The Settlement Exhibition is a great way to learn more about Icelandic culture and history. It’s a preserved archaeological site centred around a hall from the Settlement Age, dating back to the 10th century.

Historical artefacts and recreations of early settlers’ possessions are accompanied by interactive digital displays that give you a real sense of Iceland’s early days. You’ll come away from the Settlement Exhibition with a better appreciation of the Viking influences seen around modern-day Reykjavik.

You’ll need to give yourself a couple of hours to explore the Settlement Exhibition properly. You can either sign up for a guided tour or look around the exhibition on your own.

>>> Book a city highlights tour with a local guide.

Go Puffin watching

Chasing the Northern Lights in Iceland. Photo credit: Suzanne from

Did you know that Iceland is one of the main breeding grounds for the Atlantic puffin population? Around 60% of them head to Iceland each year in the summer months between May and late August, which makes this the best time of year to search for puffins in Iceland.

The main nesting sites include the Látrabjarg cliffs and Papey Island, but colonies of these adorable birds also live on a small island just a short sail from Reykjavik’s Old Harbour which is accessible on a puffin watching tour from Reykjavik.

A Puffin tour will give you the best chance of spotting them, and you’ll also see other marine birds, such as Arctic terns and black guillemots.

Keep a straight face at the Icelandic Phallological Museum

You might be surprised to learn that Reykjavik is home to a museum dedicated solely to penises. And, believe it or not, they’ve actually managed to do it tastefully.

The idea of a penis museum might be amusing, but the place itself is actually quite fascinating and a visit is probably one of the most unique things to do in Reykjavik. You’ll find everything from the giant 5ft long sperm whale penis that greets you as you walk in the door to an ‘elf penis’ in a jar.

This Reykjavik attraction is a unique experience you probably only need to visit once!

If you’re planning on visiting a few museums then the Reykjavik Card offers discounts.

Bathe in the waters of the Blue Lagoon

Looking down on The Blue Lagoon, Iceland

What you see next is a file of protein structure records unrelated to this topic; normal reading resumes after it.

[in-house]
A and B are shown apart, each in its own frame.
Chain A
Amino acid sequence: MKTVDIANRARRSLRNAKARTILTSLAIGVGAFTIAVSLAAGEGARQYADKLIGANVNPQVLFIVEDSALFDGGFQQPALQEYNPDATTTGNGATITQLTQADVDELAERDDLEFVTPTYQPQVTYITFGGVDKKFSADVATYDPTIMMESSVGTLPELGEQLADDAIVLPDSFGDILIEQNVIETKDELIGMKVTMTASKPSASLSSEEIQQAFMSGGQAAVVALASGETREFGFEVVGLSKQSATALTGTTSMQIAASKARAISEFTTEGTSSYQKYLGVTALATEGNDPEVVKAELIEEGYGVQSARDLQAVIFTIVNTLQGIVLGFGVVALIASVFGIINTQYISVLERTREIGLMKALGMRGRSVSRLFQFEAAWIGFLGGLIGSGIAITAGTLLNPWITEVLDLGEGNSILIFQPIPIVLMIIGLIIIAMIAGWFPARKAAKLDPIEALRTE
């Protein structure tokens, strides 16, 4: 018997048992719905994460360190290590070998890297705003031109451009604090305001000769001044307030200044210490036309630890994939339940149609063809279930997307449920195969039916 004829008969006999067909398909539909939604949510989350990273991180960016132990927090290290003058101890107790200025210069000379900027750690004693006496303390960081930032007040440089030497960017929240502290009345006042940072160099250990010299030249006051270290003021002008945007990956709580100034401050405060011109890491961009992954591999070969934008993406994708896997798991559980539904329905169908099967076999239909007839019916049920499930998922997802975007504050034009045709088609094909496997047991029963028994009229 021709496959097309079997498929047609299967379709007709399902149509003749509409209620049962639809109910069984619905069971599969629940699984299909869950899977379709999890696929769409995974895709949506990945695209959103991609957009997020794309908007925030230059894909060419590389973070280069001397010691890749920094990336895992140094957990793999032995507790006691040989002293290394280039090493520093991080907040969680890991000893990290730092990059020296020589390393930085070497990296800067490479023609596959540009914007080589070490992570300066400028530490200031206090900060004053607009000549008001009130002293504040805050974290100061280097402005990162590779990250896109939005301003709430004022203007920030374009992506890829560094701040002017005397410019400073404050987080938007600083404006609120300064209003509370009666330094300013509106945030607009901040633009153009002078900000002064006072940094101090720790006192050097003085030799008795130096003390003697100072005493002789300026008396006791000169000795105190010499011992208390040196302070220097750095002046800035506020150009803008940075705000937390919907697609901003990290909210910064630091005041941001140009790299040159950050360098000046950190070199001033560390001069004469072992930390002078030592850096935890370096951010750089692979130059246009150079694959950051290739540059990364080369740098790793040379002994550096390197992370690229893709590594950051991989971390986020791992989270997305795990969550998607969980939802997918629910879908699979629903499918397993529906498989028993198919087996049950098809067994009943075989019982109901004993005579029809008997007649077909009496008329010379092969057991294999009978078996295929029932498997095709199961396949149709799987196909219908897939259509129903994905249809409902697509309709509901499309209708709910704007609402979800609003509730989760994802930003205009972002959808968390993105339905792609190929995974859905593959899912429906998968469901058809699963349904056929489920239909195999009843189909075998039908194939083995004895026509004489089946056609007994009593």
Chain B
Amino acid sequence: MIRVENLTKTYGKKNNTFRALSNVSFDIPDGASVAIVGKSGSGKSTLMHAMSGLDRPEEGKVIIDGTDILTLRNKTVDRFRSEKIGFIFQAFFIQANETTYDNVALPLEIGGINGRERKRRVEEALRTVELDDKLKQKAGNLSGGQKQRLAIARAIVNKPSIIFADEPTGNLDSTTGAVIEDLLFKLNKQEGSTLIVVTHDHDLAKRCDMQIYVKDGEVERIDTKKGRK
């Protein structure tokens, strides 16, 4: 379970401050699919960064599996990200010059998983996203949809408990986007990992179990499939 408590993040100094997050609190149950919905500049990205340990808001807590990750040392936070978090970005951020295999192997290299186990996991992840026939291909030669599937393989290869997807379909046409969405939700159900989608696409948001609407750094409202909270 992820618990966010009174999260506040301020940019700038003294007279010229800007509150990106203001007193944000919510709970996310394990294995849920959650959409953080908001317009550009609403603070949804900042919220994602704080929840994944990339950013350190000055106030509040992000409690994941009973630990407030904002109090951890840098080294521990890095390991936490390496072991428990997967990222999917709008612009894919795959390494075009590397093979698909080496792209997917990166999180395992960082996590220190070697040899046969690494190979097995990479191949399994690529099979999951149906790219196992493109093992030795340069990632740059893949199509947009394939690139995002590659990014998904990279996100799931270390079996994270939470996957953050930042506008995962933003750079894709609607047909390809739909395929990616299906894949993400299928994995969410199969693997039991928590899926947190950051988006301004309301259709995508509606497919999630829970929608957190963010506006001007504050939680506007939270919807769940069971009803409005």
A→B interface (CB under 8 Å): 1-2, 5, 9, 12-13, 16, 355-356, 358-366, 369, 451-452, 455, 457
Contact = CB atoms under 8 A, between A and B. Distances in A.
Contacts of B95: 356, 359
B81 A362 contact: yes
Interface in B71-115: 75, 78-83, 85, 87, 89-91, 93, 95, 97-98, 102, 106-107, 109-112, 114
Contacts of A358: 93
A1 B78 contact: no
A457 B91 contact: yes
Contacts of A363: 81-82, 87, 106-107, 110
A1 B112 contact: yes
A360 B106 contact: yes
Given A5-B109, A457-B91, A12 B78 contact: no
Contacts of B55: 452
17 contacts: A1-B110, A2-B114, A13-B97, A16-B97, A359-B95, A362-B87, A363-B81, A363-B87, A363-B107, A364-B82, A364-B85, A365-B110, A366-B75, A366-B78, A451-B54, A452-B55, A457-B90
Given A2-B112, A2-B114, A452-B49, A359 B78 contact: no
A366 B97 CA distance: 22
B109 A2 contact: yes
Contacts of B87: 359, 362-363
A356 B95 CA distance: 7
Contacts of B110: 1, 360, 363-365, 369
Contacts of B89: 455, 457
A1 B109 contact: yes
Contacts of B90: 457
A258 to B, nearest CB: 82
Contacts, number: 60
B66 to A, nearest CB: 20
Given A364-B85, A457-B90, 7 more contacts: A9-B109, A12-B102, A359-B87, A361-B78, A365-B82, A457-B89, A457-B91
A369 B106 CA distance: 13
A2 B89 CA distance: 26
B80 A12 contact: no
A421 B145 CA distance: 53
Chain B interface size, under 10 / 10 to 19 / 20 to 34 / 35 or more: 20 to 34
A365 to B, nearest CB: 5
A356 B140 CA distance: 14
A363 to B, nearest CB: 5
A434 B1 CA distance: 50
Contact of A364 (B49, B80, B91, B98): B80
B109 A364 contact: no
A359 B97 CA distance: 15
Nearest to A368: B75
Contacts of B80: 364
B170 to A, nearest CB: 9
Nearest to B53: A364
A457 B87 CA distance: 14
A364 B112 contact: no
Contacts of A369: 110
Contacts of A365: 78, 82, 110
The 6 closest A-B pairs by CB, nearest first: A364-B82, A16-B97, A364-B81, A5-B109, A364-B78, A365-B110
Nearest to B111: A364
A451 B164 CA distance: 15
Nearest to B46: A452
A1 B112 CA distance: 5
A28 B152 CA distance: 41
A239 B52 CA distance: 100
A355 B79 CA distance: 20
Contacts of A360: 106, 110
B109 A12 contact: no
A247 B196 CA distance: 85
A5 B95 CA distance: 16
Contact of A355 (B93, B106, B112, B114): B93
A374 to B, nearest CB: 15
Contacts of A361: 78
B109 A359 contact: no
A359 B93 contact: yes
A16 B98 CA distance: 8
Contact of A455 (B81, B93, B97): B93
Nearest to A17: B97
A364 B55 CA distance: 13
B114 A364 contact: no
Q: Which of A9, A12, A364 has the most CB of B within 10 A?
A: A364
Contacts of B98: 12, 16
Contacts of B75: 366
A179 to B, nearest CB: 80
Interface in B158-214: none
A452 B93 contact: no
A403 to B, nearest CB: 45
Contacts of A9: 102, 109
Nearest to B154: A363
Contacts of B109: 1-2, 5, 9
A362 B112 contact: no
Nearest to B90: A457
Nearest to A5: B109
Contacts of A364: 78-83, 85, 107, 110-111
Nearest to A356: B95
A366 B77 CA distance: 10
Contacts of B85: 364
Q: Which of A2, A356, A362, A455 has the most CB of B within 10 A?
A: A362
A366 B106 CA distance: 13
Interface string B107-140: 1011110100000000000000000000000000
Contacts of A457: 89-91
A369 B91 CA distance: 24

The Blue Lagoon, Iceland

Take a dip in the milky blue geothermal waters and cover yourself in the soft silica mud for a skin treatment like no other.

Iceland’s famous Blue Lagoon lies outside of Reykjavik, but it’s reasonably close to the airport, so you can easily visit it on your way to or from the airport. You can even book airport transfers that include a couple of hours at the Blue Lagoon.

You’ll need to book your visit to the Blue Lagoon in advance to avoid disappointment. To help you plan your visit, click here to find out more about visiting the Blue Lagoon.

A new geothermal spa, the Sky Lagoon, located just a few minutes from Reykjavik opened in 2022. I haven’t been so I can’t comment but I will visit on my next trip to Reykjavik.

Seek out Reykjavik’s Street Art

Reykjavik’s vibrant street art scene dates back to at least the 1990s, but it’s really stepped up a gear in recent years.

You’ll find a colourful collection of murals called ‘Wall Poetry’ decorating walls and buildings around the Old Harbour. Each design is either inspired by a specific song or is a collaboration between the street artist and a musical artist.

Further works around the city include Guido van Helten’s imposing photo-realistic murals, so be sure to look up as you wander around and enjoy one of the best free things to do in Reykjavik.

>>> Book a city highlights tour with a local guide.

Try traditional Icelandic food on a food tour

Sampling traditional Icelandic food is one of the main attractions of a visit to Reykjavik, and a Reykjavik food tour is the best way to try some delicious dishes you might not have heard of before. There’s no better way to learn about a destination than through its food.